Oakland Memorial Chapel
Oakland Memorial Chapel in 1972
|Location||Alcorn State University campus, Claiborne County, Mississippi|
|Architectural style||Greek Revival|
|NRHP reference No.||74001057|
|Added to NRHP||December 27, 1974|
|Designated NHL||May 11, 1976|
|Designated USMS||September 26, 1985|
Oakland Memorial Chapel is a historic church and academic building on the campus of Alcorn State University in rural southwestern Claiborne County, Mississippi. Built in 1838 as part of Oakland College, it is one of the oldest surviving buildings at Alcorn State, which took over that defunct school's campus after the American Civil War. Alcorn State was the first land grant university established specifically for the education of African Americans. The chapel was designated a National Historic Landmark in 1976, and was designated a Mississippi Landmark in 1985.
The Oakland Memorial Chapel occupies a prominent position on the campus of Alcorn State University, on the southwest side of ASU Drive, one of the rural campus' circulation roads. It is a three-story brick building with a gabled roof. Its ground for functions as a raised basement, with a colonnade of brick piers supporting a six-column Greek temple portico. The columns are of the Tuscan order, and support an entablature and full gabled pediment. A two-stage square wood frame tower rises above the roof ridge, with an elaborate second stage featuring fluted Doric columns, and an entablature with trighlyphs, metopes, and mutules. It is crowned by a low balustrade.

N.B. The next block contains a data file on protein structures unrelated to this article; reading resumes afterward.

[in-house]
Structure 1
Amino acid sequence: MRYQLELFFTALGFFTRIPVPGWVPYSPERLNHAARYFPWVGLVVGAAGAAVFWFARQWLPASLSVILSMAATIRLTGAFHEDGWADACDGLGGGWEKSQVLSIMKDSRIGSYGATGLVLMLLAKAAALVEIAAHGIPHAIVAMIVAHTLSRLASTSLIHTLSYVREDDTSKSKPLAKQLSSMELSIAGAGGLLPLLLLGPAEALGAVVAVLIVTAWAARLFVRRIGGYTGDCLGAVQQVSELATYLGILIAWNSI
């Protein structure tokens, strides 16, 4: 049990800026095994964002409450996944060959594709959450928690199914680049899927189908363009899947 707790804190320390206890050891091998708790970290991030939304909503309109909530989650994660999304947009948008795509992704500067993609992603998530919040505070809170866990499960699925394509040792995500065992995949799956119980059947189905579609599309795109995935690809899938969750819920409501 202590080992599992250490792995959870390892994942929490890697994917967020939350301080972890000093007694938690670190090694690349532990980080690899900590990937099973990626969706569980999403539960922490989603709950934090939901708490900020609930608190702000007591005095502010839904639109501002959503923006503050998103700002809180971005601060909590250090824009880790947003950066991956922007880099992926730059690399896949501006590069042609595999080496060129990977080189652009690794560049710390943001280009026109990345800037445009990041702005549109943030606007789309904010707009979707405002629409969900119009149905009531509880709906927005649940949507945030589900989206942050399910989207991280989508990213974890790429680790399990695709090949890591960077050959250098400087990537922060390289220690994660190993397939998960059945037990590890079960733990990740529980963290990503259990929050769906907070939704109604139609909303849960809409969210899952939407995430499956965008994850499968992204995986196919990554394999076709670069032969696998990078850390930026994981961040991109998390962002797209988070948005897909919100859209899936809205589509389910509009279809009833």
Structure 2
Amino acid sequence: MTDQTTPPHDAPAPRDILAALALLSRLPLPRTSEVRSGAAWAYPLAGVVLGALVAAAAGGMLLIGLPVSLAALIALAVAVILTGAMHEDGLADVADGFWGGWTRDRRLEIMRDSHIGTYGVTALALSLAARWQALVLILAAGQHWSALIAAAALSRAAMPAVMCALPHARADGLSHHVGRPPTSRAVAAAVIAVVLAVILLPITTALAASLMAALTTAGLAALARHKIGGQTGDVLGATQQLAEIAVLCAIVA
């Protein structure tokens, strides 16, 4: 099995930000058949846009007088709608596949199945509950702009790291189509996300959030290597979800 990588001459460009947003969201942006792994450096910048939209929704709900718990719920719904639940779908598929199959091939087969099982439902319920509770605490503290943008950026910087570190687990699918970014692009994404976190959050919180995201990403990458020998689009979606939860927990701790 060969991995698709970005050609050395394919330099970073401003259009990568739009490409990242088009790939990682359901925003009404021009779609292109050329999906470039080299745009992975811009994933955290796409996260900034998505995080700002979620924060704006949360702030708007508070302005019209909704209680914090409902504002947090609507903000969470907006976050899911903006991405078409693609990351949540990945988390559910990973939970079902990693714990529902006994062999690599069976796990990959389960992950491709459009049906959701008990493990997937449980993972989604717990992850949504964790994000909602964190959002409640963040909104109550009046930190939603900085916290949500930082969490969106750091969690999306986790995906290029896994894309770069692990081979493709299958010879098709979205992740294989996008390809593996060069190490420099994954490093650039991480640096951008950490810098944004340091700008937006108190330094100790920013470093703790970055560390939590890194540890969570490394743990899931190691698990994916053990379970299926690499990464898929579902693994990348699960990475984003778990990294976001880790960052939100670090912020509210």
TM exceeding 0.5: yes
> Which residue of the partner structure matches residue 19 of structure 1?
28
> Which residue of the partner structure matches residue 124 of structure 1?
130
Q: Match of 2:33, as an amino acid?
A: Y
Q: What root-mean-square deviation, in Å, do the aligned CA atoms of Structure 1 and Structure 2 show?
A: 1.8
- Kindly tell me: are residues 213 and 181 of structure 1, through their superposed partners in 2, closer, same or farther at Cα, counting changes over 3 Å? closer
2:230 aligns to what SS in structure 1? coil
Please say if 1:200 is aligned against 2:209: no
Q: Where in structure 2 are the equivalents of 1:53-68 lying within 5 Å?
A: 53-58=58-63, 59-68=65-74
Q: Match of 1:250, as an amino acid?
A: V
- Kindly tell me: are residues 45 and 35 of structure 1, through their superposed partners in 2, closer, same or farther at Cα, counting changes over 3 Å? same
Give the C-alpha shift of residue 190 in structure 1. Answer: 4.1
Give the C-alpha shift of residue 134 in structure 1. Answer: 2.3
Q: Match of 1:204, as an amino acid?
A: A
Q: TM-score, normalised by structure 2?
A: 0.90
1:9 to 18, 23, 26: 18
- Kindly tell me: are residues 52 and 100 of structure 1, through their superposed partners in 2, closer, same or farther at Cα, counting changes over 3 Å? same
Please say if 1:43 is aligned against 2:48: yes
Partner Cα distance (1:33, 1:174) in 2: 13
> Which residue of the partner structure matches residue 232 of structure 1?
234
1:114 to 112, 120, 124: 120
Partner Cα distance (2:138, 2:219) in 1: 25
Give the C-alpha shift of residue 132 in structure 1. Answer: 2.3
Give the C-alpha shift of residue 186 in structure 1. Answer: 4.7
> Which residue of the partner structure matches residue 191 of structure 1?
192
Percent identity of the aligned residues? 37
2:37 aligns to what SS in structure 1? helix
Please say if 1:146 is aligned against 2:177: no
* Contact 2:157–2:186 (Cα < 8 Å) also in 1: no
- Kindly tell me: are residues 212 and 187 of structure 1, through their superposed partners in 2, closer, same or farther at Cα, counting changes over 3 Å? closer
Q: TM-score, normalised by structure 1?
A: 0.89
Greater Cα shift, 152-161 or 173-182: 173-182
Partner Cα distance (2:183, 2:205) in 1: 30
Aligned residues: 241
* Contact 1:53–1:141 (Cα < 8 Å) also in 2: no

Oakland College was founded in 1828 by Reverend Jeremiah Chamberlain as part of a Presbyterian mission to educate the white children of the region. In 1851 Chamberlain, an abolitionist, was assassinated by a supporter of slavery, and the school was closed during the American Civil War. It failed to recover after the war, and closed again soon after reopening. Its assets were sold to the state in 1871. That same year the state established Alcorn State, as the first land grant university specifically for the education of African Americans. It is also believed to be the first state-supported school in the nation to graduate a black woman.
At the time the state acquired the campus, three buildings were standing from the Oakland College period. Of these, the chapel is the best preserved and architecturally most sophisticated.
|journal=(help) and Accompanying 2 photos, 1 exterior and 1 interior, from 1974. (521 KB)
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